11. Hypothetical scenario showing effect of non-differential exposure misclassification bias on measures of association(from previous example)True RR = 2.0 True RD = .005

  12. Hypothetical scenario showing effect of non-differential exposure misclassification bias on measures of association:summary When disease is rare, misclassifying truly unexposed workers as being exposed (↓ specificity) has a greater impact (bias to the null) than misclassifying truly exposed workers as being unexposed (↓ sensitivity).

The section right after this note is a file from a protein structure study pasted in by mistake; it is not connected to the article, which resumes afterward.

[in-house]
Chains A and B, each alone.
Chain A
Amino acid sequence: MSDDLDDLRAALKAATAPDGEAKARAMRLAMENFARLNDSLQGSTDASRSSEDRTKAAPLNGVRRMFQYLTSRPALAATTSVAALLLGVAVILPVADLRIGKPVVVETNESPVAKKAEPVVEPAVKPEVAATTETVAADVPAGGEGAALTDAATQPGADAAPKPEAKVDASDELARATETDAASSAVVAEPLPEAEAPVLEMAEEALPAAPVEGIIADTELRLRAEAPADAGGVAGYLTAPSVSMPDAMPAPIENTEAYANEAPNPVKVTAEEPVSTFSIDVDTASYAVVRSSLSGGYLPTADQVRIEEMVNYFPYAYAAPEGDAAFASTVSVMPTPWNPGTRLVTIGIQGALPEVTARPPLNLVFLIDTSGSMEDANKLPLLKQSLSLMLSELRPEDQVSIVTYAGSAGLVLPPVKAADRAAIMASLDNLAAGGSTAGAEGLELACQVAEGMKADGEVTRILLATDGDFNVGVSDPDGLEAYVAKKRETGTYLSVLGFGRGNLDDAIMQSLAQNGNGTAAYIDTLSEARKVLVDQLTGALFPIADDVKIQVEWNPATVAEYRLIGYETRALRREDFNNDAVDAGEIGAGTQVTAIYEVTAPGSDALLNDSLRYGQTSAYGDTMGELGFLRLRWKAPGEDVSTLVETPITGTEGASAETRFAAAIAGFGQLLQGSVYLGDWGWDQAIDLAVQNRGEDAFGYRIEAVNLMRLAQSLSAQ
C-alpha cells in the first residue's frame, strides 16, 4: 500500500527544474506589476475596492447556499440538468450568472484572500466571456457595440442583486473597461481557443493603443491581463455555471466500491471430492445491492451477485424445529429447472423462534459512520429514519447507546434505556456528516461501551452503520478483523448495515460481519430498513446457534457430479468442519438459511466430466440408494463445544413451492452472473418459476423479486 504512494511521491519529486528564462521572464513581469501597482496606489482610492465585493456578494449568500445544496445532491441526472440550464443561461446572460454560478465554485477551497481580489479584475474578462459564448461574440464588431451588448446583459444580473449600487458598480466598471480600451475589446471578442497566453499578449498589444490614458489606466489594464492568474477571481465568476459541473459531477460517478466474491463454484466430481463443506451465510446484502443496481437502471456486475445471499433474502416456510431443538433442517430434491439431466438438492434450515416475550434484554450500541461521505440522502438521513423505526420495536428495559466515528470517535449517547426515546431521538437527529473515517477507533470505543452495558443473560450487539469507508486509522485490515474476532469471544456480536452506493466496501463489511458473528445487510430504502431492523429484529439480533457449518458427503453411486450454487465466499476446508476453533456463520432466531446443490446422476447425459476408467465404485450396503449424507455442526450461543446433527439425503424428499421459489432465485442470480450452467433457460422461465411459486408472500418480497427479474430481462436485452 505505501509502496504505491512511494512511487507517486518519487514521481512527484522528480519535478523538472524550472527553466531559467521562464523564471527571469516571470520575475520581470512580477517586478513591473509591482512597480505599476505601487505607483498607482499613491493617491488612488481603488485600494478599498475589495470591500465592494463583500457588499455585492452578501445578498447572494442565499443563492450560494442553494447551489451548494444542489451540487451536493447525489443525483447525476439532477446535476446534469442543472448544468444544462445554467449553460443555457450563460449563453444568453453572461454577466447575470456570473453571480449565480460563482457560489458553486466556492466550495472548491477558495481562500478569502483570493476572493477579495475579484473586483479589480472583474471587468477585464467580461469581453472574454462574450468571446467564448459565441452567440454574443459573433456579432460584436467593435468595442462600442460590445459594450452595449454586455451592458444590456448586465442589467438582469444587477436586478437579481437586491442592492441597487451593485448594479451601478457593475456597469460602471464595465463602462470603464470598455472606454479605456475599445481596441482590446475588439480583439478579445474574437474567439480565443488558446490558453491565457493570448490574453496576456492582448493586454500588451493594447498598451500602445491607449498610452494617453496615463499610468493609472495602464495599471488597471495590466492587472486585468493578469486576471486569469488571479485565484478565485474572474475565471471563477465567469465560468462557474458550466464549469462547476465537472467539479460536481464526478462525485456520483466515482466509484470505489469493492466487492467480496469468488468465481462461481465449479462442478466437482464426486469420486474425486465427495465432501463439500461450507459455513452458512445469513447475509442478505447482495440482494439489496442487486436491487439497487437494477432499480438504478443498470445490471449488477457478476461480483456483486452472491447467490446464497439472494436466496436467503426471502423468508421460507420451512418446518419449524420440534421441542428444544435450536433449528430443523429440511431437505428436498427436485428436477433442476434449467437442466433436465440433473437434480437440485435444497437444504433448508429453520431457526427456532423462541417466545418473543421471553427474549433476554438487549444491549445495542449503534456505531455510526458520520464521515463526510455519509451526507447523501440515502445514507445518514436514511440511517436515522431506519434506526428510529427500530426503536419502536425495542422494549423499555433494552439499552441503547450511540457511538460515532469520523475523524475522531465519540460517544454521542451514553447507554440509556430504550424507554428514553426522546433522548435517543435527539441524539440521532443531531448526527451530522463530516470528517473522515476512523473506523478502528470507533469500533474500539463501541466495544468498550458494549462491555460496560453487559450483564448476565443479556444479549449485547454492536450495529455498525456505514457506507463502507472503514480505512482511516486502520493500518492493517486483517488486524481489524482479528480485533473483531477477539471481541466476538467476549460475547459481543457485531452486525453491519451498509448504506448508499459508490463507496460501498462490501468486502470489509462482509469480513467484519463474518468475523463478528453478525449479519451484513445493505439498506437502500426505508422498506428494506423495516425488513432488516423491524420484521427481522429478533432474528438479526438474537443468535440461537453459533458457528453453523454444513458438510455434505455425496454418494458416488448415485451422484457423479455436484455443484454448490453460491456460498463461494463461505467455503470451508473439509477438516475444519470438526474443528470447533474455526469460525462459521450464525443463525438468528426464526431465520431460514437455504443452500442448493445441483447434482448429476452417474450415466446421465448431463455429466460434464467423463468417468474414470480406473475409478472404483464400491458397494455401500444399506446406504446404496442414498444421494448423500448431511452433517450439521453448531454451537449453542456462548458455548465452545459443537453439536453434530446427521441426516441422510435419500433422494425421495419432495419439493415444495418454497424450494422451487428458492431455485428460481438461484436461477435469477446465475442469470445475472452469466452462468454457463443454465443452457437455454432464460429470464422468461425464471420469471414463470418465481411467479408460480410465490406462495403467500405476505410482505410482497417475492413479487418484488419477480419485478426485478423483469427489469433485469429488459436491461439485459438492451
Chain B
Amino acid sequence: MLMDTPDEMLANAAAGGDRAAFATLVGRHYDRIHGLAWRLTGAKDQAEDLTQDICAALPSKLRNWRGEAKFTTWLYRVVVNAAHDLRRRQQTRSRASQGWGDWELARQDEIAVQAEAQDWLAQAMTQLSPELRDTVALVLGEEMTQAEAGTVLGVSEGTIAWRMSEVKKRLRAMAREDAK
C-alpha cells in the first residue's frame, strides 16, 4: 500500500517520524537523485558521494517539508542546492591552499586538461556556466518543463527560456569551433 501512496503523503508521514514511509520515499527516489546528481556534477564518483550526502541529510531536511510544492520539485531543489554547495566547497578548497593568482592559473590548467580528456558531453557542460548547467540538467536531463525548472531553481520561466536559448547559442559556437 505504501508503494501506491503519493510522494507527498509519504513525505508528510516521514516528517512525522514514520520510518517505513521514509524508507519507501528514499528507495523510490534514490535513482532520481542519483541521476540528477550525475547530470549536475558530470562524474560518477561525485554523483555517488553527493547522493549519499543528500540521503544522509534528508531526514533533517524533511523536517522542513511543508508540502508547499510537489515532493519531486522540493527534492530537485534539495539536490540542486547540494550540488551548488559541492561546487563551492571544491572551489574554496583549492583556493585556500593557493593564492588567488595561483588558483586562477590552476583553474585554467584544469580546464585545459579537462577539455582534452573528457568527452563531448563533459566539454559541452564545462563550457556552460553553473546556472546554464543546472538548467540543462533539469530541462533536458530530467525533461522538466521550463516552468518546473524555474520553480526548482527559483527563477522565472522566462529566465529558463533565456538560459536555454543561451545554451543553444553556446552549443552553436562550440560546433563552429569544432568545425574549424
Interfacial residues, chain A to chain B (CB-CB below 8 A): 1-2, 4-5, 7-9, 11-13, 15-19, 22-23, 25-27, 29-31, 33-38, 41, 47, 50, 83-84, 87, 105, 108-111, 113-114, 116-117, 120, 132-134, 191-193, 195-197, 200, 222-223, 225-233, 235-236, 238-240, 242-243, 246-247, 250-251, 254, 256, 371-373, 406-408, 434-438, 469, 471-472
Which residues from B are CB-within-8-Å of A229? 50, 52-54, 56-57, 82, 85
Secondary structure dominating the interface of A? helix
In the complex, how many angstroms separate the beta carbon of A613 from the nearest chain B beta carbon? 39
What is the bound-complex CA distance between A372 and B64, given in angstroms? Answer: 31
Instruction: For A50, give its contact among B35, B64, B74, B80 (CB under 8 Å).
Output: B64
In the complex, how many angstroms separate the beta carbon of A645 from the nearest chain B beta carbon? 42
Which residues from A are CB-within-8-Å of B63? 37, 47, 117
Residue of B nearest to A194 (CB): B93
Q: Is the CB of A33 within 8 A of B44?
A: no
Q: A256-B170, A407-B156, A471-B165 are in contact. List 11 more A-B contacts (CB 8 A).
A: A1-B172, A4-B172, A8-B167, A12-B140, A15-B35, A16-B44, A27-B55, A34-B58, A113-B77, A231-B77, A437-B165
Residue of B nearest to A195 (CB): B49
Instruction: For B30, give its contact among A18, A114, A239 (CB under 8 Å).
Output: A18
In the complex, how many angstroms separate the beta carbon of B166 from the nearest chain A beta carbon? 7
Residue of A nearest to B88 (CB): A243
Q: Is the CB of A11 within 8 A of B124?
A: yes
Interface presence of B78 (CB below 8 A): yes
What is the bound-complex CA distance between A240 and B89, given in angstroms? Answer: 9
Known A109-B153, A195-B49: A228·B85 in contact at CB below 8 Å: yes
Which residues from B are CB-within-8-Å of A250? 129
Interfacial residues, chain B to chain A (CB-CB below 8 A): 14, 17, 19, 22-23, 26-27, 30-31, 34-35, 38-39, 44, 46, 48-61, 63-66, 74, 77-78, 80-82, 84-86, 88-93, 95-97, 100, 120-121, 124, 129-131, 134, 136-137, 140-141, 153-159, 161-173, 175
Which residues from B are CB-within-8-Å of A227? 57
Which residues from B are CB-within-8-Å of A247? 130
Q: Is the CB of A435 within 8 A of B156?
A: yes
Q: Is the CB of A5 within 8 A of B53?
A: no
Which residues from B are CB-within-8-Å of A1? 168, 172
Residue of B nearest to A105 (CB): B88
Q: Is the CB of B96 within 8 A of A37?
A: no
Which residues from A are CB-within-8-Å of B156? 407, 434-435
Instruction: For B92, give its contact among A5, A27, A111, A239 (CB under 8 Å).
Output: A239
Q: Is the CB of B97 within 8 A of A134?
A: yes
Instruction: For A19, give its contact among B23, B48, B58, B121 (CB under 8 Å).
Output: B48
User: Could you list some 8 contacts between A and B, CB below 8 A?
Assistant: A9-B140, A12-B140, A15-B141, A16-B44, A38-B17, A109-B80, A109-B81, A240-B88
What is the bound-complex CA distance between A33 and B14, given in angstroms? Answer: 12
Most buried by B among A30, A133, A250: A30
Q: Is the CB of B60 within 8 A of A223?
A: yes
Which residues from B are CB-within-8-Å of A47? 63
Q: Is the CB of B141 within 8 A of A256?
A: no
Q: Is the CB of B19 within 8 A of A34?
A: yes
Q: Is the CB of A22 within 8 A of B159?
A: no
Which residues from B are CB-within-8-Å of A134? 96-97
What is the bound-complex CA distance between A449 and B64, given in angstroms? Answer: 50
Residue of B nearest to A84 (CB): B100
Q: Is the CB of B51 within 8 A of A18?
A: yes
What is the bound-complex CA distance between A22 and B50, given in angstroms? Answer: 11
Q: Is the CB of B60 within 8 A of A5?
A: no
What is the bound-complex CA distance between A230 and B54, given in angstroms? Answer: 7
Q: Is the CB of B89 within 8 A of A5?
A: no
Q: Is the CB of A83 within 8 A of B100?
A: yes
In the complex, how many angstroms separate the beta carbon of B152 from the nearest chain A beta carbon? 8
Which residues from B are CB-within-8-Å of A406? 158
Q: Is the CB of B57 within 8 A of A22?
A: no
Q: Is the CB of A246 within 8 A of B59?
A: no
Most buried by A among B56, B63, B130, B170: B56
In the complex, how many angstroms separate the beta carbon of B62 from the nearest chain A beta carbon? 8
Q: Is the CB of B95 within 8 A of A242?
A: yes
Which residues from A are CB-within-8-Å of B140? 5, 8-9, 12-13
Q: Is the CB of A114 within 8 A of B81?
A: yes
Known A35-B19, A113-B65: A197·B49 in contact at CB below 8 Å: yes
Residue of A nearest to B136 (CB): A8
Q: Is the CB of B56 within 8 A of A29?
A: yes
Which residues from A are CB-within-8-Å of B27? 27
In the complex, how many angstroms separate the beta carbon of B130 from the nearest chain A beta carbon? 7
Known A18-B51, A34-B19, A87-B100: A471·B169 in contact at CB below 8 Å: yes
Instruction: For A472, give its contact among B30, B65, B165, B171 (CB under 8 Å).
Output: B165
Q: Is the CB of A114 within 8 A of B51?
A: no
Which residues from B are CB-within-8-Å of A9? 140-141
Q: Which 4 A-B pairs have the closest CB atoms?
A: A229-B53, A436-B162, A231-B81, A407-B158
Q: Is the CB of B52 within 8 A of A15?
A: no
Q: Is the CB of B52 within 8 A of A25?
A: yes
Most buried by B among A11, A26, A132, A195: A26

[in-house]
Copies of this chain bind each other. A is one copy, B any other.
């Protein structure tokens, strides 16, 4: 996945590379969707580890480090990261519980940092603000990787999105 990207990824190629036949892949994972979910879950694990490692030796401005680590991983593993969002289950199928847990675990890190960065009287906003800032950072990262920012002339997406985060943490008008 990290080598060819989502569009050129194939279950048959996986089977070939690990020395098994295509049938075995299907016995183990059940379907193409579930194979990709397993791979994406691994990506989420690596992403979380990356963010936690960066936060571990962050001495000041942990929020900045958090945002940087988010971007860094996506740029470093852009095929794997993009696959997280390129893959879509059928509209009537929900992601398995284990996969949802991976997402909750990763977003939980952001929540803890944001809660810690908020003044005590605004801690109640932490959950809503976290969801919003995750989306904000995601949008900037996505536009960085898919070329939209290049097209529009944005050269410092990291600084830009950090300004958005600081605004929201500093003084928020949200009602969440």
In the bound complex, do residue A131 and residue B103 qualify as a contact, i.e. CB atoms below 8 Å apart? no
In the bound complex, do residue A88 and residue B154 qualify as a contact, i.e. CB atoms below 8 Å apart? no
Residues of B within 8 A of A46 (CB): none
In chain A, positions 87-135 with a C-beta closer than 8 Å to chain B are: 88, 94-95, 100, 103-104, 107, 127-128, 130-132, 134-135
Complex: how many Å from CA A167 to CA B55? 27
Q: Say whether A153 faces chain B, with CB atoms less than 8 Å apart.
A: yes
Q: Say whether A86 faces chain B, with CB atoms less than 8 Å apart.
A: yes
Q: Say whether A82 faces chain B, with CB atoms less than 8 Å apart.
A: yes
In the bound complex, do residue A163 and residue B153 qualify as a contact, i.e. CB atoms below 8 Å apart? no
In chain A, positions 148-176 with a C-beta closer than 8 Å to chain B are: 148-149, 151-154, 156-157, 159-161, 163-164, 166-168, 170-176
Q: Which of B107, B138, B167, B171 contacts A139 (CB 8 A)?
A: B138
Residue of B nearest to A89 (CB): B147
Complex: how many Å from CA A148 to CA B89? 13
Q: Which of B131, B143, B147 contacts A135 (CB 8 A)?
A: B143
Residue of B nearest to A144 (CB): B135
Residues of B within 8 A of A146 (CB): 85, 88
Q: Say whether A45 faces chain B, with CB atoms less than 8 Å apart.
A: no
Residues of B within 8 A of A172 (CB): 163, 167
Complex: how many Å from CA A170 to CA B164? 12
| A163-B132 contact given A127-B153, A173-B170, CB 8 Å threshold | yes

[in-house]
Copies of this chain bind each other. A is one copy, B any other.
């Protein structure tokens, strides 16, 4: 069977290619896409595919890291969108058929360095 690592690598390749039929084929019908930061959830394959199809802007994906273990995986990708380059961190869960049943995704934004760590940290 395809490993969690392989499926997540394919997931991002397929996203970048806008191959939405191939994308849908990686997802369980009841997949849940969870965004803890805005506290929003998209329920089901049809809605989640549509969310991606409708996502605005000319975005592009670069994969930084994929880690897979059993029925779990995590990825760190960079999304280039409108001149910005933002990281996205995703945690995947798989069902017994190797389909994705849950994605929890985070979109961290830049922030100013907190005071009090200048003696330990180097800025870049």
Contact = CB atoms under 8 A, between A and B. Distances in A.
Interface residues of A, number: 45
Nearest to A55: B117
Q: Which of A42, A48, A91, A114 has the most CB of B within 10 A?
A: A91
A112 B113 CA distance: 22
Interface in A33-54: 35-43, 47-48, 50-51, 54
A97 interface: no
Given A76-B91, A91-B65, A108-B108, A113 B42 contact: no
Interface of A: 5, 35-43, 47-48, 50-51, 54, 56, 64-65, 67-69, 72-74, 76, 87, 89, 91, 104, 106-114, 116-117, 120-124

13. Effect of non-differential exposure misclassification:true RR = 2.0 in a case-control study

  14. Effect of non-differential exposure misclassification • The extent of the bias towards the null is dependent on • Sensitivity of exposure classification • Specificity of exposure classification • Proportion of the truly exposed in the population (controls).

  15. (Provided there is no misclassification of confounders)

  16. Differential Misclassification of Exposure • Misclassification of exposure status is related to disease status • e.g. recall bias • Disease subjects (or cases) are more motivated to recall exposures than non-disease subjects (or controls) • Can occur when categorizing a continuous exposure variable using pre-defined cutpoints that are either too wide or do not differentiate homogeneous risk groups